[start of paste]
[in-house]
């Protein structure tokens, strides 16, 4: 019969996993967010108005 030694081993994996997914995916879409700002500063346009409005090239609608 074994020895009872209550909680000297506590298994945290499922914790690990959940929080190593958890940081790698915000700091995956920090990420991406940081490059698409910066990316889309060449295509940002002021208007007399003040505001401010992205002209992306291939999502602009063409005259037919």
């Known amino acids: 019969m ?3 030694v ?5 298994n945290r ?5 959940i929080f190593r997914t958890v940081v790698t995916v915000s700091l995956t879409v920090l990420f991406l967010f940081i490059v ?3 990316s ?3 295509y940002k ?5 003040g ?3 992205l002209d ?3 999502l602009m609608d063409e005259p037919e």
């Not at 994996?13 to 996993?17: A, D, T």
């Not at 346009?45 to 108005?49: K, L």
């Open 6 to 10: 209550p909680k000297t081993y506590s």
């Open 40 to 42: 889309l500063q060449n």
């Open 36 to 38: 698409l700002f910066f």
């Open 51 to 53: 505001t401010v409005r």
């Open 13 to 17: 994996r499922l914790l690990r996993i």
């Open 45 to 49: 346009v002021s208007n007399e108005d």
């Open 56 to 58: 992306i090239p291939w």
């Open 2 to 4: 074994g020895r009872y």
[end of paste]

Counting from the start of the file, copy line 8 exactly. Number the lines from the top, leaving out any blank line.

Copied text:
């Open 36 to 38: 698409l700002f910066f």